That being said, the above procedure could work with a dry interface. Its probably why the rim lost tension in the first place.

satisFACTORYrider - 06/30/14 - 11:25am

i don’t think the comments are critical or snobbish. if you can turn true your wheel solely by hand after having a similar issue then more power to ya. it doesn’t really present a solution but rather points out serious lack of prep.

Topmounter - 06/30/14 - 11:25am

Better tip:

If your multi-tool doesn’t have a spoke wrench, then pick up a Park Triple Spoke Wrench ($10) and shove it in your sack. You’ll forget it is there until you need it.

david - 06/30/14 - 11:26am

Its a get you home fix guys, not a wheel building masterclass….. duhhhh.

Genius quite frankly and worth a shot if your wheel is that bad, saves walking miles if you can limp it home at the very least. If your wheel is wrecked, its worth a shot, if it doesn’t work, at least you tried.

Dork - 06/30/14 - 11:34am

Wheelbuilders flinching left and right..

Your wheel tension is too low! The weight of your repair kit is also too low.

Ride hard, and ride well. Bring tools so that you can continue to do these things, and so that you can help people by the wayside trying to repair themselves without tools, for lack of forethought.

mateo - 06/30/14 - 11:43am

Just to be different… nipples shouldn’t NEED thread compound to keep tension.

RUSTYDOGG - 06/30/14 - 12:10pm

I love to twist my nipples. There I said it.

ATBScott - 06/30/14 - 12:13pm

While I’m always in favor of ways to make it home under my own power instead of having to call for a ride or walk and shred cleats, here’s another chime in for “carry a multi-tool that has a spoke wrench, or better yet, a spoke wrench!” Even if you don’t know how to use it, there is a chance that someone may be with you or pass by that DOES know how to use it. If you have the tool, better chance that it will be put to use. If you know how to use the spoke wrench, you might just save somebody’s ride. You could be rewarded with beer!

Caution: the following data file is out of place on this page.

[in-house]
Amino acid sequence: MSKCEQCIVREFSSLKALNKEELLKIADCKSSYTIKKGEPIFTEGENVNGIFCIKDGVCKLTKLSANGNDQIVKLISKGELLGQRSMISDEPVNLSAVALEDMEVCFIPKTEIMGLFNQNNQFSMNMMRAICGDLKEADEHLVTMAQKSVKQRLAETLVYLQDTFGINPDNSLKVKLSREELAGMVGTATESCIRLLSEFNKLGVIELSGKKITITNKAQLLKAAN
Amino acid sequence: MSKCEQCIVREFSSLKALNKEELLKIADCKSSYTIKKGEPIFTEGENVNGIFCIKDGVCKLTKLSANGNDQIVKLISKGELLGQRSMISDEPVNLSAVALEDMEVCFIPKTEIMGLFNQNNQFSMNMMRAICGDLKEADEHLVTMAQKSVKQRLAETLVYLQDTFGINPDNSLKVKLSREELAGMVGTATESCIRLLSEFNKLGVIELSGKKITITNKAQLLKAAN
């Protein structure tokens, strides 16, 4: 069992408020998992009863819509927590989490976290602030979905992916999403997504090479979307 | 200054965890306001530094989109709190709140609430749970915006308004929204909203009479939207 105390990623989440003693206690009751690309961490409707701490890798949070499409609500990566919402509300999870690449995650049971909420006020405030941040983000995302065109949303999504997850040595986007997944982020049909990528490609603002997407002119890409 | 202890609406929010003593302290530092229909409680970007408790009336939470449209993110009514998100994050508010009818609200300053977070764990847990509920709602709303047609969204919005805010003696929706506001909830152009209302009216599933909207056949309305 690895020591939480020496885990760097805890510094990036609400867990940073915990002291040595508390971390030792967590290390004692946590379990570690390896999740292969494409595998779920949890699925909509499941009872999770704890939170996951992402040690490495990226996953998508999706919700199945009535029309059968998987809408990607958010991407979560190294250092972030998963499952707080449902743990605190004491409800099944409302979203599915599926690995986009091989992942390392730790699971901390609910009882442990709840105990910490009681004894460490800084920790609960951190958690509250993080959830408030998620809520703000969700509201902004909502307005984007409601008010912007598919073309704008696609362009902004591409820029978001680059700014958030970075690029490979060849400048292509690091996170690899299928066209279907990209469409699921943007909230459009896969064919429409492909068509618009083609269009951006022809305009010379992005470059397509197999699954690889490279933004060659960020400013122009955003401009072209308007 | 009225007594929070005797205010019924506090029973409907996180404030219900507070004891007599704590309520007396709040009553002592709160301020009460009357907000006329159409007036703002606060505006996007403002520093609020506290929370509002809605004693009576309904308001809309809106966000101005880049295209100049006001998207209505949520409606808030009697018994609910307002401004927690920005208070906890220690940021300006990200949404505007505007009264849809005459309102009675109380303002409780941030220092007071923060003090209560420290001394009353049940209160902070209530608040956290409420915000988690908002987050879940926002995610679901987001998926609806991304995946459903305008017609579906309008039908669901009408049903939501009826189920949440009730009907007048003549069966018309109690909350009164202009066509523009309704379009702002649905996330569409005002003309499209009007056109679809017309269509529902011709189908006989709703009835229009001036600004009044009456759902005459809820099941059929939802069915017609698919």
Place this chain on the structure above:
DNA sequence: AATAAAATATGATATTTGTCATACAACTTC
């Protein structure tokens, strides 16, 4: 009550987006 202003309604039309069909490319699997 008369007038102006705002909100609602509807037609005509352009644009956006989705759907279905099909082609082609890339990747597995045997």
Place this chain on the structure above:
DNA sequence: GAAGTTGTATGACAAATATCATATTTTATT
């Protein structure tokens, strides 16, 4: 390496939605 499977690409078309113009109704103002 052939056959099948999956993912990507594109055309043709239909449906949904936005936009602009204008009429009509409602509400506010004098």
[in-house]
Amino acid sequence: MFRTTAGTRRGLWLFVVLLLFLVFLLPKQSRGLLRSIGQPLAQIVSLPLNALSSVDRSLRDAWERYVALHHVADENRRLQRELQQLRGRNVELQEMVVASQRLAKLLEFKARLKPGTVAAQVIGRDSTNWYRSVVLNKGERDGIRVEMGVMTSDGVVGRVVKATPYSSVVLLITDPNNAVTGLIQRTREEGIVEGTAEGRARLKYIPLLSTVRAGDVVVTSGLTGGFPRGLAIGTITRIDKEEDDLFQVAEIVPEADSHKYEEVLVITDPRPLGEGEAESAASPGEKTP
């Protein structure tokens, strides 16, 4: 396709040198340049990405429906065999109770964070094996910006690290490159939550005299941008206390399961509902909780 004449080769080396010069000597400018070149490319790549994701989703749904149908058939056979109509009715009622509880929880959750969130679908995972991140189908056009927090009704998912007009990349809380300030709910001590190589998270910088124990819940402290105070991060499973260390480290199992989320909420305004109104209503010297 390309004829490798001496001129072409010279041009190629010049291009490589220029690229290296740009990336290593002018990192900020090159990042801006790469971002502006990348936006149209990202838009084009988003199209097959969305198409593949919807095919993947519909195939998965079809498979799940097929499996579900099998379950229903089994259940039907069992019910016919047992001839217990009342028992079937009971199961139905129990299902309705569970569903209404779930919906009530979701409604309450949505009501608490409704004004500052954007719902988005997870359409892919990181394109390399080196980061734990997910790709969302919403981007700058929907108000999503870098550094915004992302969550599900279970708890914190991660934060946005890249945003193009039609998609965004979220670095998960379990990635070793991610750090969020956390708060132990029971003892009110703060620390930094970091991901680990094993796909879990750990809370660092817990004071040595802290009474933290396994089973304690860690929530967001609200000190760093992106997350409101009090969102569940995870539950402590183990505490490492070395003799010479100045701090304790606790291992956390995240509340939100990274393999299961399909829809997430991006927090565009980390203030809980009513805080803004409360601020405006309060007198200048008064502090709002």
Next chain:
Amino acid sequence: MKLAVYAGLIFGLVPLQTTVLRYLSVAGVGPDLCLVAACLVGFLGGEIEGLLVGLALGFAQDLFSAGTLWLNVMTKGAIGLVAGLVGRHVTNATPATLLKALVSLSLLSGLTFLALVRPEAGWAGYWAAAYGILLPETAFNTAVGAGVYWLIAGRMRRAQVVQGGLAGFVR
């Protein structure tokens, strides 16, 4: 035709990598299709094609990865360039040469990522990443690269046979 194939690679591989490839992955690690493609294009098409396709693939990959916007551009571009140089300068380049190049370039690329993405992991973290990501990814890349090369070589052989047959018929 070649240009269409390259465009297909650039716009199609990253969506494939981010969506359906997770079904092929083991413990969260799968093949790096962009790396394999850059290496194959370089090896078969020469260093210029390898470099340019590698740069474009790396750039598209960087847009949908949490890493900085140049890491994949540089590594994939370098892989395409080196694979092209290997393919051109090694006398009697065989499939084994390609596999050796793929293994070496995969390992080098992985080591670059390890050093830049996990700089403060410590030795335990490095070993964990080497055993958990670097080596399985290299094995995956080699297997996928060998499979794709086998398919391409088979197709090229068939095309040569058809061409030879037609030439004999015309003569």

Still, for low-end or less-than-ideally-built wheels this is another way that you might limp home with a wheel that can still be saved by your LBS. For all the “racers” out there that ride stripped-down while training, beef up your seat bag with some tools. It’s a training aid. You don’t need it for a race (if your wheel did that in a race, your race is over) so you might be a watt or two ahead of your training effort.

Mario magic - 06/30/14 - 12:20pm

Nice tip! As long as you have exposed nipples…..I’m glad all my wheels don’t have hidden nipples

Dork - 06/30/14 - 12:37pm

I’m glad my wheels don’t have paired spokes…

CRBN - 06/30/14 - 12:59pm

Spoke nipples rarely can be tightened by hand not to say… never! Useless article!

Wookie - 06/30/14 - 1:42pm

Articles like these boost job security for mechanic’s everywhere. Keep ‘em coming.

robert - 06/30/14 - 1:43pm

if you have s chain breaker, and no spoke wrench, you can use the chain breaker to tighten on to the nipple and twist… you may have to go quarter turn at a time, but it gets you home… had to do that once.

adam - 06/30/14 - 2:31pm

Better Advice: Take the wheel and smash the bent part of the rim on the pavement so it goes back to shape. Then, when you get home throw the bent wheels out and buy better wheels.

No wheel should ever lose tension to such a degree that you can hand tighten a spoke… unless its taco’d or otherwise rendered completely broken. I have NEVER seen a spoke lose tension JRA.

Psi Squared - 06/30/14 - 4:10pm

While it is no doubt joyous and satisfying to jump on the wagon with everyone else and criticize this hint, I’ll just say this could come in handy for those without spoke tools on their rides when a spoke breaks.

I think you have to be either under general anesthesia or just be one of those people that gets off on giving criticism to realize that this tip doesn’t apply to folks who have chain tools on their rides.

MotoPete - 06/30/14 - 5:52pm